1 James Duncan Plaza
Massillon

, OH

Stars of the silent screen, Lillian and Dorothy Gish enjoyed long and distinguished careers both in film and on stage. They began their careers as child actresses, performing in touring theater companies. Although Lillian was born in Springfield, Ohio, and Dorothy in Dayton, the Gish sisters considered Massillon their home, often staying here with relatives between plays and films. In 1912, Lillian and Dorothy went to New York and made their first film, An Unseen Enemy, with famed director D.W. Griffith.

Marathon Center for the Performing Arts, 200 W. Main Cross Street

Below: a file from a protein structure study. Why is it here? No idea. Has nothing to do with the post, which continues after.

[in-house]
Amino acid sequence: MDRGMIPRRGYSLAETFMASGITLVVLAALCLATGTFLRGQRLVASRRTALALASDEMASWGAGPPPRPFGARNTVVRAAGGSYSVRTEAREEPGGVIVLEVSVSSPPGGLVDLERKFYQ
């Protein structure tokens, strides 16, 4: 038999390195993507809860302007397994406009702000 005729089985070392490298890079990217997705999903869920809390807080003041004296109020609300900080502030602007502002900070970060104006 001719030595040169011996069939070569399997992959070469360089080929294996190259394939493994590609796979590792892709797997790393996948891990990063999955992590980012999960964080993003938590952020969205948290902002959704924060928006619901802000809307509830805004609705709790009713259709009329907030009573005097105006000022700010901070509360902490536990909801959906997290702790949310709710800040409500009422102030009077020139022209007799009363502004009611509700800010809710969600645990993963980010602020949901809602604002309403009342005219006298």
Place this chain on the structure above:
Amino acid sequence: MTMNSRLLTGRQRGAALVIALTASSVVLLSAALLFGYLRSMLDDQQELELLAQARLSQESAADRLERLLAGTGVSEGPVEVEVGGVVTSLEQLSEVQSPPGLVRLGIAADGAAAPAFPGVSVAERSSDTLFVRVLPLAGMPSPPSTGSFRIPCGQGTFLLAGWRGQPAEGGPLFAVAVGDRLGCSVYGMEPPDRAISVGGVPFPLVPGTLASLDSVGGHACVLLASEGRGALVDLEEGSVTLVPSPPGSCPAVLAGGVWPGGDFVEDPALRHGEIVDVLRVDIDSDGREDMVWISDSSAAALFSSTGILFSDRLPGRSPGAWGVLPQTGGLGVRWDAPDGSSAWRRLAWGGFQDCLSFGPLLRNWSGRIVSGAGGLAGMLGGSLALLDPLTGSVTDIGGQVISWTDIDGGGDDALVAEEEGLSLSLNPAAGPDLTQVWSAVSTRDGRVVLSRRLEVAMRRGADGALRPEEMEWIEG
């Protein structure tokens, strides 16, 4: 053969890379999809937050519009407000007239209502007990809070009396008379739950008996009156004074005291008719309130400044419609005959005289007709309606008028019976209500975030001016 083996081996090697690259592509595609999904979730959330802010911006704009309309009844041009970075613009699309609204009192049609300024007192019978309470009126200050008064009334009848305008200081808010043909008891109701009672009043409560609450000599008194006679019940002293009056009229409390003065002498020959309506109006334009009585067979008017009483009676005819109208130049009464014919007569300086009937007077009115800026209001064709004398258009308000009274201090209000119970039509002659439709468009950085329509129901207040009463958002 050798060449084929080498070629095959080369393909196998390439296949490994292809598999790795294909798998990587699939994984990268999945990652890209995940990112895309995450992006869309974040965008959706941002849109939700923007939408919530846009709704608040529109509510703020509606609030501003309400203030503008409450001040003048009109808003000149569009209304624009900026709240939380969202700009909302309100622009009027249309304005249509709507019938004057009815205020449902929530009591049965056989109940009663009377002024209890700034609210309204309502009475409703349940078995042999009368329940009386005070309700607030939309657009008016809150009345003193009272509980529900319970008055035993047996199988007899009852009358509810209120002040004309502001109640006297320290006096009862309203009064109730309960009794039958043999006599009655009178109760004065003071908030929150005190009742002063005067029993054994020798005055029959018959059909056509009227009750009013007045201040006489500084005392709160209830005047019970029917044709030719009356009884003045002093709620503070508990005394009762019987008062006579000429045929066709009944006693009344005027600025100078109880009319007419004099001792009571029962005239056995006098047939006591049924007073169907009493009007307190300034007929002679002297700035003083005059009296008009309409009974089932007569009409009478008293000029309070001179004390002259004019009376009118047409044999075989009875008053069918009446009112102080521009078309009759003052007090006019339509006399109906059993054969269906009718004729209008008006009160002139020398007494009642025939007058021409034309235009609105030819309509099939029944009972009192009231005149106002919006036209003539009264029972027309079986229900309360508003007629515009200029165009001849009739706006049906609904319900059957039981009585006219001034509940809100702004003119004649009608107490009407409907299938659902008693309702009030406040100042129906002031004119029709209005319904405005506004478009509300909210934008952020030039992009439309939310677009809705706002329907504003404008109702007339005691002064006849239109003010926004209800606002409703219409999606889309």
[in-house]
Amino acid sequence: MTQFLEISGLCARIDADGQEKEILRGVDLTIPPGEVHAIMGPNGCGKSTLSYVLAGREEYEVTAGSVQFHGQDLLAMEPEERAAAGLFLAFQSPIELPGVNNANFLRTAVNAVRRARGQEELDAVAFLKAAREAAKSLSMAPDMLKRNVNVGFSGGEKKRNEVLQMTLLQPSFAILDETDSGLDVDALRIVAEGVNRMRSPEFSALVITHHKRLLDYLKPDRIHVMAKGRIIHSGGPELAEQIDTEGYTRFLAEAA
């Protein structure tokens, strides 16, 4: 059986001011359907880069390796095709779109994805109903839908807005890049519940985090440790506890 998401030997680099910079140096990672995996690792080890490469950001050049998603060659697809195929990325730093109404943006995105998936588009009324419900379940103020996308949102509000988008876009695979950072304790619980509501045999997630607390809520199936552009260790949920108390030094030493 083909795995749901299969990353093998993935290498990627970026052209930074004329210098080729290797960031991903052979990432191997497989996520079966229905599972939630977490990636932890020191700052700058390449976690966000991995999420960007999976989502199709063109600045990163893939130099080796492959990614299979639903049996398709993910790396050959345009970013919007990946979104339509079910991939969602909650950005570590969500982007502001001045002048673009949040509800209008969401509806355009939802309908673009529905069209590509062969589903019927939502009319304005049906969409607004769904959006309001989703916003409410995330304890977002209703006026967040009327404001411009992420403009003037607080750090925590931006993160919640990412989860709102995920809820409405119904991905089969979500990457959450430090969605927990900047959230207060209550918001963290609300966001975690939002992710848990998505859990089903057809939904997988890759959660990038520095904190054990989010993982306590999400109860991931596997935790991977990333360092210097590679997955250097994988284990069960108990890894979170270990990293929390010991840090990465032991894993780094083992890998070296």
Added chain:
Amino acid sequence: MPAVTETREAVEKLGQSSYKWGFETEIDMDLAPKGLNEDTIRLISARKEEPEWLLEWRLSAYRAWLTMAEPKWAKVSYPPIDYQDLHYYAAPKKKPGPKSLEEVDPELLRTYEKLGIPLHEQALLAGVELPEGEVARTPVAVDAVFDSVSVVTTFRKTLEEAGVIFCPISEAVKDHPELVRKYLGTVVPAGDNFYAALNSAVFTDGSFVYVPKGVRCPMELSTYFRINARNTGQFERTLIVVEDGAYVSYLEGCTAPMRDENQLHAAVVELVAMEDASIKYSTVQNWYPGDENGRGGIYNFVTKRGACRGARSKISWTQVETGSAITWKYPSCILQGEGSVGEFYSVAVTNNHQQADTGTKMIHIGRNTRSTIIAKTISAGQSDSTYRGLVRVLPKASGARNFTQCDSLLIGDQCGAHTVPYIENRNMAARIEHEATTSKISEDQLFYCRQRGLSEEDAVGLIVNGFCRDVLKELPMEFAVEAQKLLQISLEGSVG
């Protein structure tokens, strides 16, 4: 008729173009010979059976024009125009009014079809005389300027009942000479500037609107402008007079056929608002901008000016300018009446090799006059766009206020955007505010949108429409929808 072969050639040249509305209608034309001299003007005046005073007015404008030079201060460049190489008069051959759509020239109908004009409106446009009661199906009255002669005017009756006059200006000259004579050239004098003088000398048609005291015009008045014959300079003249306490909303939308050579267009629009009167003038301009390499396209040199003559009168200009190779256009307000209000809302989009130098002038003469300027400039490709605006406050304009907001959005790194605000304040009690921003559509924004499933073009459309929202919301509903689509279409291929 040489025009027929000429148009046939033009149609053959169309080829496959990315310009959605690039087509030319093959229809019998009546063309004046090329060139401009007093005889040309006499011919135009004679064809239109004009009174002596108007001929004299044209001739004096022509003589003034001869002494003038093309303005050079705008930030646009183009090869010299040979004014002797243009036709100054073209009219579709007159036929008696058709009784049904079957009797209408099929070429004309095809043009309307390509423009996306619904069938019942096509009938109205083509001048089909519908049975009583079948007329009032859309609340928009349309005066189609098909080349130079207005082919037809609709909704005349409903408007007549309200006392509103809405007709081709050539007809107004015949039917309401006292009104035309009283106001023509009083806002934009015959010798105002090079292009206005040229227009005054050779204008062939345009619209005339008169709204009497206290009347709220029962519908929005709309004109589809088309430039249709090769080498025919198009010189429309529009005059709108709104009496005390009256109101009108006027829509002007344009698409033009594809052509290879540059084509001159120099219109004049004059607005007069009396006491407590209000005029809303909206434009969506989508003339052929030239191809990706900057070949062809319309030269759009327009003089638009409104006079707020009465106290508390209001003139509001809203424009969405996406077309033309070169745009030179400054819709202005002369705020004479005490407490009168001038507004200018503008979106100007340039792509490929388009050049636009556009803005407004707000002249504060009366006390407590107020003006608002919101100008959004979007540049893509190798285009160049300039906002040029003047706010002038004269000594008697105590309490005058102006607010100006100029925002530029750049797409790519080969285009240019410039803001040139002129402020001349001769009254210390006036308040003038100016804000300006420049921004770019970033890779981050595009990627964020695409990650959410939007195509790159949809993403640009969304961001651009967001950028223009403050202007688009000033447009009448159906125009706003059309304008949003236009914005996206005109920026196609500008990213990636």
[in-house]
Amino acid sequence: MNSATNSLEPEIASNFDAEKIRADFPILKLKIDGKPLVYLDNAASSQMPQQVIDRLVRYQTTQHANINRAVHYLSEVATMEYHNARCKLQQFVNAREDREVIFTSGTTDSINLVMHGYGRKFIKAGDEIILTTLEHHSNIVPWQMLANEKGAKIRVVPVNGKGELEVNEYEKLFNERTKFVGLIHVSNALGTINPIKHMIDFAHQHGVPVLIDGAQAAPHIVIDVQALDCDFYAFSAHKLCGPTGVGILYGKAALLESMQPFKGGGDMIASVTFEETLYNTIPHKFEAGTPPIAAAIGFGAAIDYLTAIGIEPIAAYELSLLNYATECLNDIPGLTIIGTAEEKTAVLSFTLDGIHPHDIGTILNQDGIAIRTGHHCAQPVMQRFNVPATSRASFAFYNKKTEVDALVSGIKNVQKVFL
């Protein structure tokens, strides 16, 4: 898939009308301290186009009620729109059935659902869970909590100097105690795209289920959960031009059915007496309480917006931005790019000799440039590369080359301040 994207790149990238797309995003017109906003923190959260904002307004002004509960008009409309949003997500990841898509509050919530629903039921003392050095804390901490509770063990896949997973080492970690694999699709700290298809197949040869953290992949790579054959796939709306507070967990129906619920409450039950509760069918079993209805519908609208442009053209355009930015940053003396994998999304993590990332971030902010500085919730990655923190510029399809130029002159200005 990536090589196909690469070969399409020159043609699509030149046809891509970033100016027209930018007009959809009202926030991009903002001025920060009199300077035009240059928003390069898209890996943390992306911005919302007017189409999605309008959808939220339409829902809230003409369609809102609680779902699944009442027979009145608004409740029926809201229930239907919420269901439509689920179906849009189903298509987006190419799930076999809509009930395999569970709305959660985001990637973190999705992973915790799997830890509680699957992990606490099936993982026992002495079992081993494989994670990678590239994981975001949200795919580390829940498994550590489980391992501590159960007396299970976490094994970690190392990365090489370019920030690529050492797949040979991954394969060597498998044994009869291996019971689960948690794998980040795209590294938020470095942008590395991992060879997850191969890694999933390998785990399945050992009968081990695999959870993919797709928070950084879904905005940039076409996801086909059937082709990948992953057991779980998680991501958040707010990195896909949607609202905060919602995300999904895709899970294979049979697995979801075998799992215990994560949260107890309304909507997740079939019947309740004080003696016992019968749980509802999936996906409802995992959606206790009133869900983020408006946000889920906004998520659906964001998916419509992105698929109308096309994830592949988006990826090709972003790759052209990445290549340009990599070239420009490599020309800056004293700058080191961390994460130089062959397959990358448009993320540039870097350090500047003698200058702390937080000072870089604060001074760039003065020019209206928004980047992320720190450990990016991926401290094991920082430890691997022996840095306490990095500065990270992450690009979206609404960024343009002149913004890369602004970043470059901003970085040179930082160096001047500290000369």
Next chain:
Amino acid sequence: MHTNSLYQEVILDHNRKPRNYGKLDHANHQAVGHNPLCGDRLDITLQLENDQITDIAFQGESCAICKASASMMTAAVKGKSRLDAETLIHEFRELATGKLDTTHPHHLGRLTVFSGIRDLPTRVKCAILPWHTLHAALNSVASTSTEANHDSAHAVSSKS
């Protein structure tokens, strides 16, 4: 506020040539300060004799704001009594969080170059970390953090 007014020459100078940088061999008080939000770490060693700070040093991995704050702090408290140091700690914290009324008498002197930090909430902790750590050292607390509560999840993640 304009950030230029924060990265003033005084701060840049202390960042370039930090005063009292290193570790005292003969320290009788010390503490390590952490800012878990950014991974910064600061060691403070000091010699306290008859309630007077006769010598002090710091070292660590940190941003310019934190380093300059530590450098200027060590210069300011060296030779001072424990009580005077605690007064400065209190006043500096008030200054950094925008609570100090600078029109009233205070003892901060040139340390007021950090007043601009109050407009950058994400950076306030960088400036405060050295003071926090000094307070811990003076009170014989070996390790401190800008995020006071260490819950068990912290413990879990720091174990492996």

Findlay

, OH

Site of the first Findlay Field Office for what was to become a world-wide oil company, formerly locally owned and operated. 1887: The Ohio Oil Company was incorporated by five independent oil producers in the Lima field. 1901: J.C. Donnell elected President of the Ohio Oil Company. Company’s ‘big well,’ the “Hugh McMurray,” comes in. 1929: Construction begins on new office building at South Main Street and Hardin Streets. 1962: Name changed to Marathon Oil Company to reflect international operations.

417 Main Street
Huron

, OH